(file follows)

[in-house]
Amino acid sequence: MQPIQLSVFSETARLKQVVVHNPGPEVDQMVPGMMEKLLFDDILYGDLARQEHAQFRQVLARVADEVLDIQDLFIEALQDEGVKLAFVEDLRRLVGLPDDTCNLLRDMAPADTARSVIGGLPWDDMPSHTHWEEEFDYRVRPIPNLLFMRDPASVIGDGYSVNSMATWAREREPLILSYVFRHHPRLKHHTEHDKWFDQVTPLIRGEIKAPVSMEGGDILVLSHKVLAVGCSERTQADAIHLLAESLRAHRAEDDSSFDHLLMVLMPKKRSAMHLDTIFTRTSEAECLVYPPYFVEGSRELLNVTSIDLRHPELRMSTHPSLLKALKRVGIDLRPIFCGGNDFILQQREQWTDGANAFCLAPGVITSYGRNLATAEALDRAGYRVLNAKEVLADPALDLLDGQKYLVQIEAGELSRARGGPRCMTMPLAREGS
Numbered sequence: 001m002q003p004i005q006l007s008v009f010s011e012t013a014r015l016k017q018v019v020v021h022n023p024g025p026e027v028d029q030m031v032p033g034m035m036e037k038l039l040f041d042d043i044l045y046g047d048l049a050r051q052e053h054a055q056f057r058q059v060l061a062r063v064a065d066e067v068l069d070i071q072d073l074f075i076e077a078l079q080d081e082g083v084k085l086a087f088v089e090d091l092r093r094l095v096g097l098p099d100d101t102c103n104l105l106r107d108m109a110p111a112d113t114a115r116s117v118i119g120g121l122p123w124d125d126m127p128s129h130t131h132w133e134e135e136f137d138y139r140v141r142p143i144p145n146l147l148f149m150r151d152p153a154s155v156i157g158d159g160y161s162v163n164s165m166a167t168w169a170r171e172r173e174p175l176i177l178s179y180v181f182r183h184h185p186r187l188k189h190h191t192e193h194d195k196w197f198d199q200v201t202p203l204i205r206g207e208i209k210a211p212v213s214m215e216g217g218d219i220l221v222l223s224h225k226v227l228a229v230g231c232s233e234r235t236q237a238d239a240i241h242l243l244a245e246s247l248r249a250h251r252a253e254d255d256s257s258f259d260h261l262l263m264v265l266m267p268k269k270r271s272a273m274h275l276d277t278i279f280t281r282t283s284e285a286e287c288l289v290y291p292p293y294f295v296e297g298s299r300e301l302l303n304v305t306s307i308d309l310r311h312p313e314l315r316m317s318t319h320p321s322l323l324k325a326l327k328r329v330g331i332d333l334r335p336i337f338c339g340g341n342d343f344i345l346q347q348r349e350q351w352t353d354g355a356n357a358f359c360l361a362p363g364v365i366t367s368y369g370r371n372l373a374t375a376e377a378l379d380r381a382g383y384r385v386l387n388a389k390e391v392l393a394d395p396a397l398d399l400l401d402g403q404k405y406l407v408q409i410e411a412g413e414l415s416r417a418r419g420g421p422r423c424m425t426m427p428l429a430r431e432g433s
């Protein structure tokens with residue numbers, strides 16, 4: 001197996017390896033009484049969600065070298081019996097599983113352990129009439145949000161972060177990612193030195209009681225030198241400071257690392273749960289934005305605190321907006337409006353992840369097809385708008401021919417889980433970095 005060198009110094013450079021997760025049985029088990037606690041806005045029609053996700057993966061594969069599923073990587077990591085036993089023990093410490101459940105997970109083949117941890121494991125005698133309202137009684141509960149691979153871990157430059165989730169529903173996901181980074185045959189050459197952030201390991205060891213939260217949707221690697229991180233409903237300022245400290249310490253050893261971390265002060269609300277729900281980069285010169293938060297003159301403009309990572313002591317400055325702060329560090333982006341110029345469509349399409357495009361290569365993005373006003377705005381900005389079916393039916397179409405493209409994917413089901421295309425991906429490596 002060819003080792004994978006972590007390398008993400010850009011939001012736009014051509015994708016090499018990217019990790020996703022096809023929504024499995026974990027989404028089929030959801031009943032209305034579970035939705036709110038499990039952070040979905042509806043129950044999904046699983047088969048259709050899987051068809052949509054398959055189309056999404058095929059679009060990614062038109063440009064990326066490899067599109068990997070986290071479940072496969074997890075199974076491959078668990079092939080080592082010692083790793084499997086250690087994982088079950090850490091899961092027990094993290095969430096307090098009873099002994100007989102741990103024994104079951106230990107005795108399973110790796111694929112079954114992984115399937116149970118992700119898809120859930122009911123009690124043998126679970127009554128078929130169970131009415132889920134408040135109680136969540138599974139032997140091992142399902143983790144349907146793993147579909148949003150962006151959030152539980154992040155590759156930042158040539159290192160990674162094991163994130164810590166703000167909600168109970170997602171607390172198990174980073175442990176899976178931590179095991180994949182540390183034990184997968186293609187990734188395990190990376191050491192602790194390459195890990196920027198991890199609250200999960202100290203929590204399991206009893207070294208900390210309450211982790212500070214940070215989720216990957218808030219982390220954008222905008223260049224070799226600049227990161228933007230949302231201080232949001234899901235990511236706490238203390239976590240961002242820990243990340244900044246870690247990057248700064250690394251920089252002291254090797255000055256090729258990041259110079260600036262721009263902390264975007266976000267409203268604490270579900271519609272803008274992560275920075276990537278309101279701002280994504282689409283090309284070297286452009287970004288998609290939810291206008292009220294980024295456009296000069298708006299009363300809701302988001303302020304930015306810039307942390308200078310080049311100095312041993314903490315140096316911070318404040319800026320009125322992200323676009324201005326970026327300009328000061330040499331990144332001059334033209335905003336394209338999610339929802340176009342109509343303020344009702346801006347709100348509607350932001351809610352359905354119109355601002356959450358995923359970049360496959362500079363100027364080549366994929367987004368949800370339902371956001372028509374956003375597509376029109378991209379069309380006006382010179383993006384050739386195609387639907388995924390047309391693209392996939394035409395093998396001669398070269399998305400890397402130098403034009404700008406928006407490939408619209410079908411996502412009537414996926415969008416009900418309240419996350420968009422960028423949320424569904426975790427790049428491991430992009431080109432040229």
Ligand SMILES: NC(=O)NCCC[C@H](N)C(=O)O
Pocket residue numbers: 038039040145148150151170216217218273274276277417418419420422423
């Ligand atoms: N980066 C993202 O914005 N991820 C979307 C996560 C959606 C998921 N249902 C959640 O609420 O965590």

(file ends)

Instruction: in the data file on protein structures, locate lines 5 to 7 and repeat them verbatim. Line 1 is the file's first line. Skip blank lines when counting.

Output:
Ligand SMILES: NC(=O)NCCC[C@H](N)C(=O)O
Pocket residue numbers: 038039040145148150151170216217218273274276277417418419420422423
């Ligand atoms: N980066 C993202 O914005 N991820 C979307 C996560 C959606 C998921 N249902 C959640 O609420 O965590």